Government backtracks over NAP to issue lower level allowances to industry

The Government has been forced to backtrack over its plan to weaken the National Allocation Plan (NAP) determining the level of greenhouse gases the country is allowed to emit, and issue allowances based on its original plan issued in April last year.

It will still be initiating legal proceedings against the European Commission to allow it to increase its allocations in line with the revised plan it submitted in November last year.

The controversy began when the European Commission refused permission for this revised plan to go ahead as it would greatly increase the amount of carbon dioxide and other greenhouse gases that UK industrial plants would be allowed to emit. The EC argued that the revised levels were far in excess of those in the April 2004 plan which had been approved, and which were in themselves a watered down version of the draft plan which had been submitted in January 2004.

This means there are 736 million allowances, equivalent to 736 million tonnes of CO2, for British industry covered by the EU ETS rather then the 756 million allowances asked for in the November NAP.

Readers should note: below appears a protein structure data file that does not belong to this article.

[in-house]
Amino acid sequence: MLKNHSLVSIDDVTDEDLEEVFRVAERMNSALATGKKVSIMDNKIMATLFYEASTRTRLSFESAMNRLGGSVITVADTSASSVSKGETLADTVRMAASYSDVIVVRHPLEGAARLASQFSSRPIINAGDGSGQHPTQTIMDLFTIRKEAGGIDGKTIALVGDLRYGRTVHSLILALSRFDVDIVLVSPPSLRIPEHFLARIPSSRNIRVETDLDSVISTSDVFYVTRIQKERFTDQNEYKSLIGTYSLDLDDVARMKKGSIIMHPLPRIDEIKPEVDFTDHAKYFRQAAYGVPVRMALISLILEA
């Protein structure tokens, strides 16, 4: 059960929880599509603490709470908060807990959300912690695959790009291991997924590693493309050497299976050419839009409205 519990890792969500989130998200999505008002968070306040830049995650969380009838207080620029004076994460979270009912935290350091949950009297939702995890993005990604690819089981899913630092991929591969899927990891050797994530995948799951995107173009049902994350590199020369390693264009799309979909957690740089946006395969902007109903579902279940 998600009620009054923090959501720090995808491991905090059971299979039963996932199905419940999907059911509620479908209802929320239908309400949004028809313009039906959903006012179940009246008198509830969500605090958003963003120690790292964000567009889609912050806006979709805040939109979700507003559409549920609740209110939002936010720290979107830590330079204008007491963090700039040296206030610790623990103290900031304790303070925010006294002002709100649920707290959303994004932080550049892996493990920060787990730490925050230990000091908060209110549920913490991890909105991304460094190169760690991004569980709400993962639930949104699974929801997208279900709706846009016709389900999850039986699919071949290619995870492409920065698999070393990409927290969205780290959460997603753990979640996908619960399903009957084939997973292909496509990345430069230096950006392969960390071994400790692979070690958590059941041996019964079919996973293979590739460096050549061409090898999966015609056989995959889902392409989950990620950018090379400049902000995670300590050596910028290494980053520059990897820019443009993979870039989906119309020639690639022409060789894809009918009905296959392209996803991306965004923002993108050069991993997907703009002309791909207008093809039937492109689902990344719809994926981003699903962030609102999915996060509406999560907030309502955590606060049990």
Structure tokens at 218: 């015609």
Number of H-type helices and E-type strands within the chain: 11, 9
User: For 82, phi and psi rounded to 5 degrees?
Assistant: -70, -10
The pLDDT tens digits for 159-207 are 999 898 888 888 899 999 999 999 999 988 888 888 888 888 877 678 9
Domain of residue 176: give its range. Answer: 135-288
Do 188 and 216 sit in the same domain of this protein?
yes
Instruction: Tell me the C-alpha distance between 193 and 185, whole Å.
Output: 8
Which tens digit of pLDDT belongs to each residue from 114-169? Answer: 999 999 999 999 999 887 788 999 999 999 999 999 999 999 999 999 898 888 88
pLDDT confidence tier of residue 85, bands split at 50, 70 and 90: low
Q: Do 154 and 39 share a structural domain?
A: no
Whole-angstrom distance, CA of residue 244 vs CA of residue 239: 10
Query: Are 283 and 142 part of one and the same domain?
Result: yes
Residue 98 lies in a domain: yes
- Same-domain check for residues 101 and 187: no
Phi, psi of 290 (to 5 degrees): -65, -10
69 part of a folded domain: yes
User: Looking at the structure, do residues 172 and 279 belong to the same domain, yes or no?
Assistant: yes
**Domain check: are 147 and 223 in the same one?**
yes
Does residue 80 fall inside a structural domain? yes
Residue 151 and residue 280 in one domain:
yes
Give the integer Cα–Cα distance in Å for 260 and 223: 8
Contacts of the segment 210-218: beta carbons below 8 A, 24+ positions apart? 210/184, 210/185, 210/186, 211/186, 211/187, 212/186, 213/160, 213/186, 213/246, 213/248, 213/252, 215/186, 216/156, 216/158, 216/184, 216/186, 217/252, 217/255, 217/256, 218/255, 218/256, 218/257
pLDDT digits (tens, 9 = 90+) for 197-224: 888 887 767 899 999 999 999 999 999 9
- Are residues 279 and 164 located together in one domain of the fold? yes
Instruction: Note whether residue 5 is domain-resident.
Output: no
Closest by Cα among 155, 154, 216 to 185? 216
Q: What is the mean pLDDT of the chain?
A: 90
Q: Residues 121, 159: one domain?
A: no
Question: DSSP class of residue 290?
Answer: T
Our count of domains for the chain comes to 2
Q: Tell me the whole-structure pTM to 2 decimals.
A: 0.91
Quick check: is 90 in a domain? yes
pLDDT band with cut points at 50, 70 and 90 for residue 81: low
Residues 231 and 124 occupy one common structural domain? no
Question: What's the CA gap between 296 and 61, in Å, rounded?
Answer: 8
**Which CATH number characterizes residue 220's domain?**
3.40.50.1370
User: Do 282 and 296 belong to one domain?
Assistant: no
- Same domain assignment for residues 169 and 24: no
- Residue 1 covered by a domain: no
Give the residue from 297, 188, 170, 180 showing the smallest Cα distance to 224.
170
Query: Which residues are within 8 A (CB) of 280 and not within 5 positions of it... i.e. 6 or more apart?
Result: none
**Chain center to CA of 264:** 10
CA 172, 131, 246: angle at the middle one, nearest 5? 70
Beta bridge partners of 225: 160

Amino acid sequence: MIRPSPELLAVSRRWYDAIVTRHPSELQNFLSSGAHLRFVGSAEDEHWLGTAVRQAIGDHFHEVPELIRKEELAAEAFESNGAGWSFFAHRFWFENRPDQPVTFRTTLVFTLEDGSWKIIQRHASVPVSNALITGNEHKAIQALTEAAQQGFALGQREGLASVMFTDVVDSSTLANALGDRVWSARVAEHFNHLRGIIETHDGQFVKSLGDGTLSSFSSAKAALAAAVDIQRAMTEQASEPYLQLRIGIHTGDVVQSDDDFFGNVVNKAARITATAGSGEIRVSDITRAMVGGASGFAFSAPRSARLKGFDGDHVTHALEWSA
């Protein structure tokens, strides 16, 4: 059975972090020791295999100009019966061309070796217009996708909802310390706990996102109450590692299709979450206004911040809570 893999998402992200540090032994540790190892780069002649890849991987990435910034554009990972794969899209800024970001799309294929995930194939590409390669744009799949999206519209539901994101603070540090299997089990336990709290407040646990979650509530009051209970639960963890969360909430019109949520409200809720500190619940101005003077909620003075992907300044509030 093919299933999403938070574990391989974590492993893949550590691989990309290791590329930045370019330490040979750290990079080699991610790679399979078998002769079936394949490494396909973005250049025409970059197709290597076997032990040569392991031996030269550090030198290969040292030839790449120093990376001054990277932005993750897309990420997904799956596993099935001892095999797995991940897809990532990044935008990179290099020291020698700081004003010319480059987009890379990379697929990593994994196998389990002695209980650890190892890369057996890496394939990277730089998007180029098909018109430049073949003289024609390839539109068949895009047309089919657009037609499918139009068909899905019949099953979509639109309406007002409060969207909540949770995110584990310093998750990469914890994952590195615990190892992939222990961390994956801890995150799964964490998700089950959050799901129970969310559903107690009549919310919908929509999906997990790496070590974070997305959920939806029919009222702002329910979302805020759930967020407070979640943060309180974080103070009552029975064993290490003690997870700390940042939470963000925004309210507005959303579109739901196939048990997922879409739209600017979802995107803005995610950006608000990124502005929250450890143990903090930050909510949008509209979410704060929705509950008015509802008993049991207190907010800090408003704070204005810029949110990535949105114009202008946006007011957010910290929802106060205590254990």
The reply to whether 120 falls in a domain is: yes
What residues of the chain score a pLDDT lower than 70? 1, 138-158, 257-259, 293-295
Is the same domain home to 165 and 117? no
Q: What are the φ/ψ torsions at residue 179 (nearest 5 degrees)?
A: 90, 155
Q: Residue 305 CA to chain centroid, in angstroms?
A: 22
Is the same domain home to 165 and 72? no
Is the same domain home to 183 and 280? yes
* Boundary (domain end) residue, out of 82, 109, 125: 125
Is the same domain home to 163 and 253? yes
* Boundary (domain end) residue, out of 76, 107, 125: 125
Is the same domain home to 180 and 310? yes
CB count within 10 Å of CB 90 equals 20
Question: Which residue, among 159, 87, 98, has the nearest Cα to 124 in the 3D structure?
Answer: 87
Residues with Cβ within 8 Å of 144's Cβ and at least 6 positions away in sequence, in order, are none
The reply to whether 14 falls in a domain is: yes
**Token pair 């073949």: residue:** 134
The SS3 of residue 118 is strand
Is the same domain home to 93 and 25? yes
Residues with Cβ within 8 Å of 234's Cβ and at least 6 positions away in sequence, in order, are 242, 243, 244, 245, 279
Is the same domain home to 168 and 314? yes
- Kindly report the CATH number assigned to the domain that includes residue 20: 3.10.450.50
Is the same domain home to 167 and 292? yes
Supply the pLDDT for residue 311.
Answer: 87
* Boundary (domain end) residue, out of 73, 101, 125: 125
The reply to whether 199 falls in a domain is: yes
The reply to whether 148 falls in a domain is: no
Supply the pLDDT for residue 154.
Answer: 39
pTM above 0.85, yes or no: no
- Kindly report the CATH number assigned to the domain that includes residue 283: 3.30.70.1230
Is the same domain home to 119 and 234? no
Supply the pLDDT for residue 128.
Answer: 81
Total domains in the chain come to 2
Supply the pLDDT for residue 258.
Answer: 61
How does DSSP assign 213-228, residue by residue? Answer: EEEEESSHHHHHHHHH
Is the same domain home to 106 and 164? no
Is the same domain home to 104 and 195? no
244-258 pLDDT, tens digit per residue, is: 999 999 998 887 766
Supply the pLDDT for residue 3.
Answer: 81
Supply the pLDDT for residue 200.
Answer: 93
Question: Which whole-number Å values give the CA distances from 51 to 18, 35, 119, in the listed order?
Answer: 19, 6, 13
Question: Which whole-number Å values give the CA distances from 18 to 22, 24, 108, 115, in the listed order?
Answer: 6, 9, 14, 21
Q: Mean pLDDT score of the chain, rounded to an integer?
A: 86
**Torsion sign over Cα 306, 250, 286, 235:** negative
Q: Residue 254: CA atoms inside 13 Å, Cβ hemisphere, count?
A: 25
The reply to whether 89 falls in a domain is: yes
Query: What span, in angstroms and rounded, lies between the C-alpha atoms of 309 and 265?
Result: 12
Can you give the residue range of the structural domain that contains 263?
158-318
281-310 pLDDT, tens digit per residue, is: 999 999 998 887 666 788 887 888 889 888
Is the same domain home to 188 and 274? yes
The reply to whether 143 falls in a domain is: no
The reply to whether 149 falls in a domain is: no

The Government argues that projected emissions from UK plants are 56 million tonnes higher than when they first made the submission of the NAP to the EC and that a proposed increase of 20 million tonnes is perfectly reasonable for the first phase of the scheme. However, the EC rejected this and said the level of the April NAP cannot be exceeded.

It is expected that the electricity generating sector will be hardest hit, as the Government said it would have to lower the amount of allowances they would be allocated to cover the shortfall.

The UK is now applying to the Court of First Instance (CFI) for an expedited hearing to take place in the first half of 2006.

The CBI expressed disappointment that the Commission rejected the amended allocation plan and backed the legal action against the EC.

“In the meantime, businesses need certainty about their obligations under the
trading scheme. Under the circumstances, the Government’s decision to base
allowances on the earlier figures is the right call to make – though that will
put the spotlight on what more the power companies can do to cut emissions,” said Michael Roberts, CBI Director of Business Environment.

“But the Government also needs to learn from this episode. The whole process
has not been handled well. With big decisions still to be taken about future
phases in the scheme, it is important that Government works more effectively
with business next time around.”

By David Hopkins

Action inspires action. Stay ahead of the curve with sustainability and energy newsletters from edie